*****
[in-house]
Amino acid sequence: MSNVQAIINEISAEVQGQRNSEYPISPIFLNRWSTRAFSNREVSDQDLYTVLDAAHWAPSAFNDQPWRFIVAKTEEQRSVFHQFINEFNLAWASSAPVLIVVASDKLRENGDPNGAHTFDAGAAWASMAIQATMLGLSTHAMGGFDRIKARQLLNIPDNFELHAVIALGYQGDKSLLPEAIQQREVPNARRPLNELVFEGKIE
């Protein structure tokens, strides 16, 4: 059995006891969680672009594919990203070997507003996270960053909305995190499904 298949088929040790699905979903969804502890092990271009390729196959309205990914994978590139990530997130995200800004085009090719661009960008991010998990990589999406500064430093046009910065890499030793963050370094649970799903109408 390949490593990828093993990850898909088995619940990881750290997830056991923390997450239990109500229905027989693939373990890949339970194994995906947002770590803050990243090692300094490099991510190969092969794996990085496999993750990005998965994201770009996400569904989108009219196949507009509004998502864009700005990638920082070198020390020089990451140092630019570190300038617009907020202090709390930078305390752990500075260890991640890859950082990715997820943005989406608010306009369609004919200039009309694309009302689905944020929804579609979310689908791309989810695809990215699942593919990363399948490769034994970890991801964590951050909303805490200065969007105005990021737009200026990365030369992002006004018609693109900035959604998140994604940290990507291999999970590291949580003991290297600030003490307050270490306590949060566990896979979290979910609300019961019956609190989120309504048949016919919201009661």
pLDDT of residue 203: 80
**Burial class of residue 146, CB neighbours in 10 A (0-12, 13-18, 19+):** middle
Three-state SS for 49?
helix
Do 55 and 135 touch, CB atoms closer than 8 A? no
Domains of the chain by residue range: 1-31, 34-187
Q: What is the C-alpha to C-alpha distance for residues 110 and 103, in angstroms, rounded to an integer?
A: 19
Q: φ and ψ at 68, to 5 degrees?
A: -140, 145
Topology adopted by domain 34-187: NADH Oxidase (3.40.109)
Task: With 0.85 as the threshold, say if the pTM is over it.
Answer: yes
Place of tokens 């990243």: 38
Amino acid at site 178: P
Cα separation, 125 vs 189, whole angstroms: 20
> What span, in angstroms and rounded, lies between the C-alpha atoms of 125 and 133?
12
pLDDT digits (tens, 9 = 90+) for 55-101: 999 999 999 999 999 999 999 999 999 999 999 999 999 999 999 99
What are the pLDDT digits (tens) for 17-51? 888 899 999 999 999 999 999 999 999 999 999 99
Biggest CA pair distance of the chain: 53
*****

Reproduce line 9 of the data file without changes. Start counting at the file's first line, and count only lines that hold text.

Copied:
Domains of the chain by residue range: 1-31, 34-187